SZSZ: Kotleba’s Party Politicising Environment of Slovaks Living Abroad

World Association of Slovaks Living Abroad (SZSZ) chairman Vladimir Skalsky. (Stock photo by TASR)

Bratislava, April 2 (TASR) – The Kotleba-People’s Party Our Slovakia (LSNS) has attempted to politicise the environment of Slovaks living abroad by setting up a Club for Slovaks Living Abroad, with the party’s vice-chairman for foreign relations Martin Belusky as the organisation’s head, World Association of Slovaks Living Abroad (SZSZ) chairman Vladimir Skalsky has told TASR.

“As the chairman of the SZSZ, i.e. the umbrella organisation of Slovaks abroad, I’ve received with embarrassment the news that the Kotleba-LSNS party has set up its Club for Slovaks Living Abroad, with a party vice-chairman appointed as its chairman,” said Skalsky, who described the move as a dangerous precedent.

According to Skalsky, Slovaks who live abroad profess respect for human rights, including the rights of minorities, as they themselves live as members of minority ethnic communities throughout the world. “So it’s logical that we have to object against entities that have intolerance, hatred against minorities and xenophobia as fundamental components of their ideology,” said Skalsky.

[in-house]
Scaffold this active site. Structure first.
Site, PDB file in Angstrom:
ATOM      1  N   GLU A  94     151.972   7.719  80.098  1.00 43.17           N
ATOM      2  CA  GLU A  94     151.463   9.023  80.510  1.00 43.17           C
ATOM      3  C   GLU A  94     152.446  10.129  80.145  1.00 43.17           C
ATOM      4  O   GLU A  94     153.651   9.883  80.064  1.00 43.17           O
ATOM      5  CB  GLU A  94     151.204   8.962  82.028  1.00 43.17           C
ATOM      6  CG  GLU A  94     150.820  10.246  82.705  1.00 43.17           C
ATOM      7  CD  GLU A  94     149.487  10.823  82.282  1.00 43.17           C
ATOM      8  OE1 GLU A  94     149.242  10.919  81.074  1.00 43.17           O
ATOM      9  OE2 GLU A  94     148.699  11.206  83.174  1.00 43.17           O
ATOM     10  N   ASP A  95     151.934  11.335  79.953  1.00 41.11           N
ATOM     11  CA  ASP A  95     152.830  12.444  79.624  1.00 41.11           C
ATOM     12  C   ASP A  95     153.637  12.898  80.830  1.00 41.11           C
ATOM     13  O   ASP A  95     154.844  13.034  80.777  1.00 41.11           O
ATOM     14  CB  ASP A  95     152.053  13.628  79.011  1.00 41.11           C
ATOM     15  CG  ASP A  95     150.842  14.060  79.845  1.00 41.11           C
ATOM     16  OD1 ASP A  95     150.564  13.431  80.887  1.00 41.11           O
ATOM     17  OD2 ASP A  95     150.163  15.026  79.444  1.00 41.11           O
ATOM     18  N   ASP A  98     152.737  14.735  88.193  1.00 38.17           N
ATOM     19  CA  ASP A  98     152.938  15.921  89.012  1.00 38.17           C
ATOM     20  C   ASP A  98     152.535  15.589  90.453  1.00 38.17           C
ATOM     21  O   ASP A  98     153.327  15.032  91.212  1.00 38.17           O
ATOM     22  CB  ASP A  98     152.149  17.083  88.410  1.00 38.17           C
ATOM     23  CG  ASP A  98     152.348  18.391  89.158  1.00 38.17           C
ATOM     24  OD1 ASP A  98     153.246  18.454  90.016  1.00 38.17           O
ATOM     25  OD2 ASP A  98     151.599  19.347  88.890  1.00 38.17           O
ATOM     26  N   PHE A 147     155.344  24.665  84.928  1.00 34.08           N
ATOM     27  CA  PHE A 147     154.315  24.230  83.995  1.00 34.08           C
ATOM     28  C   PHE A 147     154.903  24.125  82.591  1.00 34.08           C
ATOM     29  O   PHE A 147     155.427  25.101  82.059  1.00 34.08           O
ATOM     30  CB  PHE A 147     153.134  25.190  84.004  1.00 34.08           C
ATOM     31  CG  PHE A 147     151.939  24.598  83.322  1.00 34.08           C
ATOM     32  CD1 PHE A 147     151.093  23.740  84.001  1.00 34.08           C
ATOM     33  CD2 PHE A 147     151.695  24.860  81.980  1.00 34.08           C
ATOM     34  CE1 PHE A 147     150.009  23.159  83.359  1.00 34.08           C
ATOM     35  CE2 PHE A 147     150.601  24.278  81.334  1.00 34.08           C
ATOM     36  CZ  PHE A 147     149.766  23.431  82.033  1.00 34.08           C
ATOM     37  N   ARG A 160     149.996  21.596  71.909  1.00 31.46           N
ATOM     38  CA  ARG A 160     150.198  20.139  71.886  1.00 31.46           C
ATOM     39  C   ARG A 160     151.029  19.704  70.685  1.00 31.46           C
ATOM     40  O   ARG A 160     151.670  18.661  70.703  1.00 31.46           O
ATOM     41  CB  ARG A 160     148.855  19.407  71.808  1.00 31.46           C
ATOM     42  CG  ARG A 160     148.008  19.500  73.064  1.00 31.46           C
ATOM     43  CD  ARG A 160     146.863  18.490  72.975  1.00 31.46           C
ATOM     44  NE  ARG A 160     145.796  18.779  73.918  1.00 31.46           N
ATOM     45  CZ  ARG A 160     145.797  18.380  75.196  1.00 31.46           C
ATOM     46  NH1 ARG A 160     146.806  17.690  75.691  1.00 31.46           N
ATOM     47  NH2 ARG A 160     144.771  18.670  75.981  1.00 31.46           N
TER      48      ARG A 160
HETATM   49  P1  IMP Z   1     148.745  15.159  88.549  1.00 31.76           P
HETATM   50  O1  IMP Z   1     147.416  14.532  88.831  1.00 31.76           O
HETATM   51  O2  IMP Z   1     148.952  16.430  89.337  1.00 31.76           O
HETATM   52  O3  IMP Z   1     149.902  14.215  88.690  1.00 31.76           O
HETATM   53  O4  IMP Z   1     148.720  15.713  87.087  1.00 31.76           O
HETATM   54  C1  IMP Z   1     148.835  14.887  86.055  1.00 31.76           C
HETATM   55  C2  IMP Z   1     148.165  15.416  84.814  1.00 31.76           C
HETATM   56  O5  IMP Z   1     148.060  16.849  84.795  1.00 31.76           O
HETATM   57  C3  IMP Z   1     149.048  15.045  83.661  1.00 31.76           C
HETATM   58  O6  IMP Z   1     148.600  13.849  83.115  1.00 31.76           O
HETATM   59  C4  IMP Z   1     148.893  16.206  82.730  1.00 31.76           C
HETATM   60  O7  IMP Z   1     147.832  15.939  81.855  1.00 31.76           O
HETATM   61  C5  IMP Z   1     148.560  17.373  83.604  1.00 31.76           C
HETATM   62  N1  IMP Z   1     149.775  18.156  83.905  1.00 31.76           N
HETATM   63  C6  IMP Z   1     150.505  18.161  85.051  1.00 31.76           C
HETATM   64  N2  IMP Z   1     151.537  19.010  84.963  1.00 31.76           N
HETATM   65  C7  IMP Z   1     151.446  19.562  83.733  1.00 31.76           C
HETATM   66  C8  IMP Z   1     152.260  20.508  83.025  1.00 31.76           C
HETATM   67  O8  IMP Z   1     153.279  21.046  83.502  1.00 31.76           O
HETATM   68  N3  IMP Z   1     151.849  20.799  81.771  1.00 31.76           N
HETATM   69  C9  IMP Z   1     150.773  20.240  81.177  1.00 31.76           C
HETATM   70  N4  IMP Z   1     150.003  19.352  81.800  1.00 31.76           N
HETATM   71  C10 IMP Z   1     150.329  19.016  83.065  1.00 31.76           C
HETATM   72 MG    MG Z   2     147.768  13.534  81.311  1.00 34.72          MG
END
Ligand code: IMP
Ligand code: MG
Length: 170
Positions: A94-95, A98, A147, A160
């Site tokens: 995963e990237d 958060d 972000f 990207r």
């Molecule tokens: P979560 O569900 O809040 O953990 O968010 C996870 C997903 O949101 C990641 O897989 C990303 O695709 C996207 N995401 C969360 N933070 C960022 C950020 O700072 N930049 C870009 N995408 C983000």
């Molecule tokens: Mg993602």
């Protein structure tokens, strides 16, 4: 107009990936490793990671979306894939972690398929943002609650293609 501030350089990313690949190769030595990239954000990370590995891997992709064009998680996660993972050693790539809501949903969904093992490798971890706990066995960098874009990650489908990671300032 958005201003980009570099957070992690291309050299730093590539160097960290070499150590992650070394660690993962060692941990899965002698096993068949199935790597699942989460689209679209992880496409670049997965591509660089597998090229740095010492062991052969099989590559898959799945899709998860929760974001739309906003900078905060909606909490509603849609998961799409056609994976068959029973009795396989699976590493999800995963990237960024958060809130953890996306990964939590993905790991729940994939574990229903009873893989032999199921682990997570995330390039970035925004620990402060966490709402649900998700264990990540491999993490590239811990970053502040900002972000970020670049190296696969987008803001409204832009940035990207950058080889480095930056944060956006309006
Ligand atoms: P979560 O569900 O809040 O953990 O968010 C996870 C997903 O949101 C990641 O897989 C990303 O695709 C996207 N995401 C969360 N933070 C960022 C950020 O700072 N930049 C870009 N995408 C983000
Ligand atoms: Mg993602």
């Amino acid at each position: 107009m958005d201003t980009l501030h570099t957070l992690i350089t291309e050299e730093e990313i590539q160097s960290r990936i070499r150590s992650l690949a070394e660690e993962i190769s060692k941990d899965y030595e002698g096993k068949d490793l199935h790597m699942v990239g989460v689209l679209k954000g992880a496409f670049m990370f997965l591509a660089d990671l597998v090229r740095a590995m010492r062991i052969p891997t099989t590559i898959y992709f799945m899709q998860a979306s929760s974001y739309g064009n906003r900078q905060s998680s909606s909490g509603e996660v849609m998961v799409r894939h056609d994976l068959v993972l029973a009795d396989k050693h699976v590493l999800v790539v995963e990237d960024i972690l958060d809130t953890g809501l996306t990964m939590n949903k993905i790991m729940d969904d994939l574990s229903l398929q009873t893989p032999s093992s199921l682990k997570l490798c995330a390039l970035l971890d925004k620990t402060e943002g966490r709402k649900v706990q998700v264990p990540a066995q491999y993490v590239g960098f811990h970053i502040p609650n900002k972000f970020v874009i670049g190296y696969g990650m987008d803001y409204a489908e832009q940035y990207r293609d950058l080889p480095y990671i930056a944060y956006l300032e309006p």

Meanwhile, LSNS vice-chairman Milan Uhrik reacted to the statement by claiming that his party decided in late March to set up the association in order to accommodate a demand by Slovaks living abroad themselves.

“We take Mr. Skalsky’s objections on board, but we protest against them. Mr. Skalsky seems to have distorted information on LSNS’s activities, otherwise he’d know that our fundamental political motto is ‘Equal standards for all’,” said Uhrik, adding that LSNS has never had anything against any ethnic minority as such. He stressed that individual people’s decency and honesty matter for LSNS instead, pointing out that the party has members from among various ethnic minorities.

At the same time, many Slovaks living abroad have welcomed the setting up of the LSNS organisation. “We got hundreds of e-mails for membership applications within two days of setting up the club,” said Uhrik, adding that the opinions of some functionaries are viewed by LSNS as irrelevant.